Retic­u­lar Aes­thet­ics: Ad­ver­sar­ial Media Art After the Ma­te­r­ial Turn


Session Title:

  • On the Persistence of Hardware

Presentation Title:

  • Retic­u­lar Aes­thet­ics: Ad­ver­sar­ial Media Art After the Ma­te­r­ial Turn




  • Panel: On the Persistence of Hardware

    This paper the­o­rizes emer­gent po­lit­i­cal qual­i­ties of media art as chal­leng­ing the bound­aries or de­f­i­n­i­tion of the so­cial through an ac­tive ex­per­i­men­ta­tion with things. At a time where cat­e­go­riza­tions of artis­tic en­gage­ments with tech­nol­ogy are in­creas­ingly com­plex and un­clear – es­pe­cially in the rifts, over­laps and pos­si­ble con­ver­gence be­tween new media and con­tem­po­rary art (Manovich, 1996; Lovink, 2008; Quar­anta, 2010) – I offer a the­o­riza­tion of ob­ject-ori­en­tated pol­i­tics as a defin­ing im­pulse of media art prac­tice. Of course, stress­ing the con­sti­tu­tive role of things, ma­te­ri­al­i­ties or ob­jects has be­come some­thing of a cus­tom­ary ges­ture in the field, from vi­tal­ist ac­counts of media ecol­ogy by Matthew Fuller (2004) and An­dreas Broeck­mann (1995) to the medium-speci­ficity of soft­ware stud­ies or gen­eral use of a vo­cab­u­lary of non-hu­man agen­cies in­spired by Ac­tor-Net­work-The­ory (ANT) and the work of Bruno La­tour. As part of a broad ‘ma­te­r­ial turn’ through­out phi­los­o­phy, so­cial sci­ences and cul­tural stud­ies, this ori­en­ta­tion to­ward things, how­ever, raises both im­por­tant on­to­log­i­cal and epis­te­mo­log­i­cal ques­tions, es­pe­cially re­gard­ing un­der­stand­ings of the role of pol­i­tics. Against this gen­eral back­drop, my paper, there­fore, aims to con­tribute to de­f­i­n­i­tions of media art pro­jects forged in ad­ver­sar­ial con­texts (works that might also be con­sid­ered as ex­am­ples of tac­ti­cal media) and to un­der­stand­ings of an ob­ject-ori­en­tated pol­i­tics through the con­cept of retic­u­lar aes­thet­ics.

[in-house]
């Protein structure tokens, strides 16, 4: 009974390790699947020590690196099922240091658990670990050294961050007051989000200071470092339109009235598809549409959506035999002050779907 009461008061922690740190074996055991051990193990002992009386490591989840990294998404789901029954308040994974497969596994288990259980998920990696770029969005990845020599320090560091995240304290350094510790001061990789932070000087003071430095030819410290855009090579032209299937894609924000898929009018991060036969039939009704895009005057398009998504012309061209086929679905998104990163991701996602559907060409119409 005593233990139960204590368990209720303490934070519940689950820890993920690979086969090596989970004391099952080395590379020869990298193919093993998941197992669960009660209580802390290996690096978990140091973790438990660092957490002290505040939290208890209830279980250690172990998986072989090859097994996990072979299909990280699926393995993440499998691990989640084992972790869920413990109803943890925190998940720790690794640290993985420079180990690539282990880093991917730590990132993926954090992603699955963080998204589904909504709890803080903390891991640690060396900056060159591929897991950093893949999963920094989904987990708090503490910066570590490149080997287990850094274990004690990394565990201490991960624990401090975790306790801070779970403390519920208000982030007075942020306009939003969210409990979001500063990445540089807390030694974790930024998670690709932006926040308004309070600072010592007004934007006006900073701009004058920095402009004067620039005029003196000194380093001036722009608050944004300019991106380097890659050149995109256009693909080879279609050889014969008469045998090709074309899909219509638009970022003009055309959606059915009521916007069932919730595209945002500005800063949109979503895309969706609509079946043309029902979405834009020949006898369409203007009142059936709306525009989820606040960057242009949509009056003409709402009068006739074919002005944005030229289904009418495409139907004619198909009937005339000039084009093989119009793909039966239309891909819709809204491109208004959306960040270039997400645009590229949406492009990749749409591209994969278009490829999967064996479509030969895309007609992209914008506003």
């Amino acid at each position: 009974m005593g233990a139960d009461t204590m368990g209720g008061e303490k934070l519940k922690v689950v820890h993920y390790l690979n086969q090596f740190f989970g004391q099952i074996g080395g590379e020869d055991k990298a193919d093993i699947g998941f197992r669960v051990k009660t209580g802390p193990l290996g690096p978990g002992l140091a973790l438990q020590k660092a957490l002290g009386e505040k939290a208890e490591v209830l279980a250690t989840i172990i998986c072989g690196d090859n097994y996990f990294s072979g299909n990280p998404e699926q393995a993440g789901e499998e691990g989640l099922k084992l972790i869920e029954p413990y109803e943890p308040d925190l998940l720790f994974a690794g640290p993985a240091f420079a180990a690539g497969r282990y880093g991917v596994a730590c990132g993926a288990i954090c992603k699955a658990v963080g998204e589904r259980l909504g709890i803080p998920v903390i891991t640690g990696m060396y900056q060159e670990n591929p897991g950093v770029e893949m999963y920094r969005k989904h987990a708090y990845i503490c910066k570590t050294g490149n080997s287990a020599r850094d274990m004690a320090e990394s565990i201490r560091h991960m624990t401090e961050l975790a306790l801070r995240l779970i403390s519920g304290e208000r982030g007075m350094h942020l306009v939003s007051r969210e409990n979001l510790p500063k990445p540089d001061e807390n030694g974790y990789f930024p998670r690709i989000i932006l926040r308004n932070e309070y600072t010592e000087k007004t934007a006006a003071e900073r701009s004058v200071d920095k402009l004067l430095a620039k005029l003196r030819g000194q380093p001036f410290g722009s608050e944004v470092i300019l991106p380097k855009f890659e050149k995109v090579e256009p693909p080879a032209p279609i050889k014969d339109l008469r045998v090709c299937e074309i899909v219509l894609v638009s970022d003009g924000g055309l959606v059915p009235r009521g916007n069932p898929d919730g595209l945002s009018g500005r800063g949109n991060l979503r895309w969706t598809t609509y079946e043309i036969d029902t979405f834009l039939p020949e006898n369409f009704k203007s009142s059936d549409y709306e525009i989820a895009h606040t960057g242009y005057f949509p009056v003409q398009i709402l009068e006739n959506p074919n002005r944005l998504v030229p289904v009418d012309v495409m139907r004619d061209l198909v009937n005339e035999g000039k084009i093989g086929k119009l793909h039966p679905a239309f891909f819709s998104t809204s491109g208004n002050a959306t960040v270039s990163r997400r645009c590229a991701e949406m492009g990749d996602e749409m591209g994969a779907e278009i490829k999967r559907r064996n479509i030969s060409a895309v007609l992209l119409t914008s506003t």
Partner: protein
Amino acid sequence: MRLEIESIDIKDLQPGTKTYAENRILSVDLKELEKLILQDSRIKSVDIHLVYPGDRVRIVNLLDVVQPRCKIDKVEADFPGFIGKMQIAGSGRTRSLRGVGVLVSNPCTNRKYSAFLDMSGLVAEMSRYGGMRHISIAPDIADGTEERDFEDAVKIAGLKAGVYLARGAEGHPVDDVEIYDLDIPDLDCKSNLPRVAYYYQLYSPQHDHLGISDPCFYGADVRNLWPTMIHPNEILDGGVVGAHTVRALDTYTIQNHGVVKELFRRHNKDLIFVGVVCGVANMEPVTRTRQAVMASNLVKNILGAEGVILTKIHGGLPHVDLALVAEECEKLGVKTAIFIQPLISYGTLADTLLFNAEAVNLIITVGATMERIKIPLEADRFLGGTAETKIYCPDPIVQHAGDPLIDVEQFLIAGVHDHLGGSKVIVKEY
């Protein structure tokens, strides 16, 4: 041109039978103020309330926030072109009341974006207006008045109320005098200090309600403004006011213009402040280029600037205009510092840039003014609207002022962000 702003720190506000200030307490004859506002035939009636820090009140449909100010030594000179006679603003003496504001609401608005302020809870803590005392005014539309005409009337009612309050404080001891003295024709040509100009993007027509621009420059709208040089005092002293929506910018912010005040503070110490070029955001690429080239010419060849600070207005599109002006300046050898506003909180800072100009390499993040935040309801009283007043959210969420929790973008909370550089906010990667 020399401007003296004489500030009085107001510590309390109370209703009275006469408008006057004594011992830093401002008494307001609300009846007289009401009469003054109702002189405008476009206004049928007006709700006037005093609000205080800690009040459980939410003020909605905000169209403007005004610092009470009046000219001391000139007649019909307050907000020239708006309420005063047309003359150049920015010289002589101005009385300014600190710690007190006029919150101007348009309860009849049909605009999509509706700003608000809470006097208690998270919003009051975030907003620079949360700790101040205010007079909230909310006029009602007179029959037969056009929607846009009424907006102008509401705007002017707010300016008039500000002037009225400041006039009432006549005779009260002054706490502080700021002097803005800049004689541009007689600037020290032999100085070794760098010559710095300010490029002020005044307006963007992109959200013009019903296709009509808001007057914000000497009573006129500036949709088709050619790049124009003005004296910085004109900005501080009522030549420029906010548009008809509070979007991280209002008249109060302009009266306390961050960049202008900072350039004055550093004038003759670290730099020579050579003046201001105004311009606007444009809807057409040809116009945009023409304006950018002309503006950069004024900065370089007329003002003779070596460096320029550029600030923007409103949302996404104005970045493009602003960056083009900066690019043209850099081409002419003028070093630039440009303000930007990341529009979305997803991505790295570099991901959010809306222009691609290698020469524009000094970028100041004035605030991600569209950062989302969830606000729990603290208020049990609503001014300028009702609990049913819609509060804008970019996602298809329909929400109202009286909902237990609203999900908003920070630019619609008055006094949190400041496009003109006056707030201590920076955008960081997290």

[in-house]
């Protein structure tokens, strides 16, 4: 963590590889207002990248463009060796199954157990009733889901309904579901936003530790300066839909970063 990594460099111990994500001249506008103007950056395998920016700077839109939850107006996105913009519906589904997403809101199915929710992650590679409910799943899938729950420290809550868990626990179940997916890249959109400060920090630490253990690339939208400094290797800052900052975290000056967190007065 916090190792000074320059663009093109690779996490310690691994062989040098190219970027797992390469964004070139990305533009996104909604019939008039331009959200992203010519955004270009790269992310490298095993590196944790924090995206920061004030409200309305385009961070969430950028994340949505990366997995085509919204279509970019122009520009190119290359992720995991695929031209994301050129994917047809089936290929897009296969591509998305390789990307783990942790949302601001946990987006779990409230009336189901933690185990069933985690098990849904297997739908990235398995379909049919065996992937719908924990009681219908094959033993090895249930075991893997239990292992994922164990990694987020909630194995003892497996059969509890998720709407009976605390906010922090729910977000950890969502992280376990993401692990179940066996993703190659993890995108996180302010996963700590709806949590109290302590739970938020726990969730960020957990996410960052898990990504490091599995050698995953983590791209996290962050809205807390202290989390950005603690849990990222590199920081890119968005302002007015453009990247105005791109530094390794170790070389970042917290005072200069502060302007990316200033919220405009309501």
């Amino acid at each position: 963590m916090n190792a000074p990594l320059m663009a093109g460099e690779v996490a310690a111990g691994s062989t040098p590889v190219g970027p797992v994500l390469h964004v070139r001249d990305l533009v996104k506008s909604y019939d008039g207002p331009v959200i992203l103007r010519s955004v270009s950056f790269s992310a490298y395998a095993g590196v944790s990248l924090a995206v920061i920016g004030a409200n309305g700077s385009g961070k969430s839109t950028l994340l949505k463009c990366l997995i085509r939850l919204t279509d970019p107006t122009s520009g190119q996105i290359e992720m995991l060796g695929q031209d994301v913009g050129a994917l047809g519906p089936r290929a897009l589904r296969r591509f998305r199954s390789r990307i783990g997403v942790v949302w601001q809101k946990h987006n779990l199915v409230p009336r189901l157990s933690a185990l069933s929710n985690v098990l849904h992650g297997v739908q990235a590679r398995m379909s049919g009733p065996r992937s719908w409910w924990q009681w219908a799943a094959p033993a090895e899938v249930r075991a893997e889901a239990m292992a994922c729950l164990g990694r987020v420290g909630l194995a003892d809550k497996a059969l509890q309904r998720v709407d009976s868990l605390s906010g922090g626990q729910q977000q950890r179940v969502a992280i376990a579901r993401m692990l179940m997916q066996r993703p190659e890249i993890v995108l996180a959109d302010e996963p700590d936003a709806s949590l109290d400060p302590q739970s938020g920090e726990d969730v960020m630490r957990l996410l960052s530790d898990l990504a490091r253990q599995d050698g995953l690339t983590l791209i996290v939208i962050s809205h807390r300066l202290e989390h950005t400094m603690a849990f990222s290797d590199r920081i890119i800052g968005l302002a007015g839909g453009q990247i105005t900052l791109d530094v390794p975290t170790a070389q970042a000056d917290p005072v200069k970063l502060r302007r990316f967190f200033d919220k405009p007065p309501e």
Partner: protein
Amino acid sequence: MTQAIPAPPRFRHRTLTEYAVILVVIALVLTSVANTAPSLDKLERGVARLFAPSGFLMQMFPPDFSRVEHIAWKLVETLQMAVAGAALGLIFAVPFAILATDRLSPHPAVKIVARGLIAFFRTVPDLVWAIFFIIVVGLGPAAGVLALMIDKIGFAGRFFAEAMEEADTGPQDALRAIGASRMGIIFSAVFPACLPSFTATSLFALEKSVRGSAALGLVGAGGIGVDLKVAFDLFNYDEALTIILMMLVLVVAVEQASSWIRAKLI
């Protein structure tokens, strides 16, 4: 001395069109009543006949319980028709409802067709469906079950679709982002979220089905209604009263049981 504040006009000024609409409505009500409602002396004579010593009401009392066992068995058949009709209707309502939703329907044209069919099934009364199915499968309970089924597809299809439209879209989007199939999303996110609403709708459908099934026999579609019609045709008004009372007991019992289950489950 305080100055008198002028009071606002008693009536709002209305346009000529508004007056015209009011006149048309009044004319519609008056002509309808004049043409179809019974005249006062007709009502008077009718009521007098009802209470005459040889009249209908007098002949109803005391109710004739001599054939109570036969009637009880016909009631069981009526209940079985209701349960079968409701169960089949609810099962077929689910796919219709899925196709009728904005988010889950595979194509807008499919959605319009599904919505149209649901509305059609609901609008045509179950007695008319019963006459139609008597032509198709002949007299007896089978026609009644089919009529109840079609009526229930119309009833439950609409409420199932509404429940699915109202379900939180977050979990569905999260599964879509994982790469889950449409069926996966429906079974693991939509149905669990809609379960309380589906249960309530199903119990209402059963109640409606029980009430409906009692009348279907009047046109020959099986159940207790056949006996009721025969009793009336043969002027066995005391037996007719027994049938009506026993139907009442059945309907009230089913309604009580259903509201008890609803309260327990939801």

With ref­er­ence to the ‘eco­sophic’ art prac­tice of Crit­i­cal Art En­sem­ble and Pre­emp­tive Media as il­lus­tra­tive ex­am­ples, my ar­gu­ment is that an im­por­tant long-term trend in media art has been to draw to­gether or retic­u­late ob­ject-ori­en­tated agen­cies in a po­lit­i­cal reg­is­ter. This mode of retic­u­lar aes­thet­ics can­not be un­der­stood as purely rep­re­sen­ta­tional; rather, it refers to pro­jects that ac­tively in­cor­po­rate ob­jects into the proces­sual ex­pres­sive­ness of the work. Aes­thet­ics here is de­fined in the well-known terms of Jacques Rancière (2006; 2010) as sense (aes­the­sis), or more specif­i­cally, as the ‘dis­tri­b­u­tion of the sen­si­ble’ – where po­lit­i­cal res­o­nance oc­curs by over­turn­ing sta­bi­lized for­ma­tions of per­cep­tion. How­ever, as op­posed to Rancière’s ex­clu­sive con­cern with sub­jec­tiv­i­ties (or al­ter­na­tive con­tem­po­rary art the­o­riza­tions of in­ter-sub­jec­tive or re­la­tional aes­thet­ics), my ar­gu­ment is that a sig­nif­i­cant fea­ture of media art is an en­gage­ment with ob­jects as par­tic­i­pat­ing in po­lit­i­cal ex­pres­sions by in­clud­ing them­selves out. This should be un­der­stood as the de­fin­i­tive crit­i­cal ges­ture of retic­u­lar aes­thet­ics: a re­order­ing of sense by ex­per­i­men­tal tech­niques that make ob­jects in­tel­li­gi­ble, al­low­ing every­day tech­ni­cal things to speak and be­come vis­i­ble.